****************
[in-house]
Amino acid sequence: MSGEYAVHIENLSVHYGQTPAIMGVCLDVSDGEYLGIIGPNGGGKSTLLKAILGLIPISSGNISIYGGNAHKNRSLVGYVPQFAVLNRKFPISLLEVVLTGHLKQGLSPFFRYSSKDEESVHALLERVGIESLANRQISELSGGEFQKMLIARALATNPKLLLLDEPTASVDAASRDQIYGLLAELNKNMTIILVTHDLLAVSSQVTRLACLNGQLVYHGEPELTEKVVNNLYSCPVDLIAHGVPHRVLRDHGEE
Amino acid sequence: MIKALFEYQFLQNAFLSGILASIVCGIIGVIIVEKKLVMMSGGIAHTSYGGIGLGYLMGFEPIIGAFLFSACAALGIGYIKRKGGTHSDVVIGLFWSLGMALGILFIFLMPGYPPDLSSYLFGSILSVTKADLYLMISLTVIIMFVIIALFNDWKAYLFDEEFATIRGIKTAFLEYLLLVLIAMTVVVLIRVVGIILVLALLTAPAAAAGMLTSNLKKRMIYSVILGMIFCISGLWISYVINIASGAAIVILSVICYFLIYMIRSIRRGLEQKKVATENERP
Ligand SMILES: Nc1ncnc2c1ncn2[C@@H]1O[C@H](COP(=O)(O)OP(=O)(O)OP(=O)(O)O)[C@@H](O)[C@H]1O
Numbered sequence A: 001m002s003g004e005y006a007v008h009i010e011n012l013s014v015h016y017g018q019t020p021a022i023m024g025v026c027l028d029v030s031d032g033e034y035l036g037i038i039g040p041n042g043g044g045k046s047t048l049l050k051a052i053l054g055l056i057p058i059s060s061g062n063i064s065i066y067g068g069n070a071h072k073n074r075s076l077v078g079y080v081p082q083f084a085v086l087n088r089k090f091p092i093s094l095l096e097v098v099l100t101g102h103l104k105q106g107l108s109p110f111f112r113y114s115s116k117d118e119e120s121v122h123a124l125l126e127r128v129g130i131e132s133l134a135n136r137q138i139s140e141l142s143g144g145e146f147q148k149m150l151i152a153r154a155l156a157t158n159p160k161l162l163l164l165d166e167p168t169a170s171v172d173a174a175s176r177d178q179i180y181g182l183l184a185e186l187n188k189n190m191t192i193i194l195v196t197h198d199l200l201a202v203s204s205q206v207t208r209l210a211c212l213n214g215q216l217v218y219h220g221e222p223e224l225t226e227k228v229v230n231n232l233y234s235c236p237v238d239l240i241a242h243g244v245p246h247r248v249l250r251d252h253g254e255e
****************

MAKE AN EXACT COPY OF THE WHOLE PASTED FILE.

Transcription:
[in-house]
Amino acid sequence: MSGEYAVHIENLSVHYGQTPAIMGVCLDVSDGEYLGIIGPNGGGKSTLLKAILGLIPISSGNISIYGGNAHKNRSLVGYVPQFAVLNRKFPISLLEVVLTGHLKQGLSPFFRYSSKDEESVHALLERVGIESLANRQISELSGGEFQKMLIARALATNPKLLLLDEPTASVDAASRDQIYGLLAELNKNMTIILVTHDLLAVSSQVTRLACLNGQLVYHGEPELTEKVVNNLYSCPVDLIAHGVPHRVLRDHGEE
Amino acid sequence: MIKALFEYQFLQNAFLSGILASIVCGIIGVIIVEKKLVMMSGGIAHTSYGGIGLGYLMGFEPIIGAFLFSACAALGIGYIKRKGGTHSDVVIGLFWSLGMALGILFIFLMPGYPPDLSSYLFGSILSVTKADLYLMISLTVIIMFVIIALFNDWKAYLFDEEFATIRGIKTAFLEYLLLVLIAMTVVVLIRVVGIILVLALLTAPAAAAGMLTSNLKKRMIYSVILGMIFCISGLWISYVINIASGAAIVILSVICYFLIYMIRSIRRGLEQKKVATENERP
Ligand SMILES: Nc1ncnc2c1ncn2[C@@H]1O[C@H](COP(=O)(O)OP(=O)(O)OP(=O)(O)O)[C@@H](O)[C@H]1O
Numbered sequence A: 001m002s003g004e005y006a007v008h009i010e011n012l013s014v015h016y017g018q019t020p021a022i023m024g025v026c027l028d029v030s031d032g033e034y035l036g037i038i039g040p041n042g043g044g045k046s047t048l049l050k051a052i053l054g055l056i057p058i059s060s061g062n063i064s065i066y067g068g069n070a071h072k073n074r075s076l077v078g079y080v081p082q083f084a085v086l087n088r089k090f091p092i093s094l095l096e097v098v099l100t101g102h103l104k105q106g107l108s109p110f111f112r113y114s115s116k117d118e119e120s121v122h123a124l125l126e127r128v129g130i131e132s133l134a135n136r137q138i139s140e141l142s143g144g145e146f147q148k149m150l151i152a153r154a155l156a157t158n159p160k161l162l163l164l165d166e167p168t169a170s171v172d173a174a175s176r177d178q179i180y181g182l183l184a185e186l187n188k189n190m191t192i193i194l195v196t197h198d199l200l201a202v203s204s205q206v207t208r209l210a211c212l213n214g215q216l217v218y219h220g221e222p223e224l225t226e227k228v229v230n231n232l233y234s235c236p237v238d239l240i241a242h243g244v245p246h247r248v249l250r251d252h253g254e255e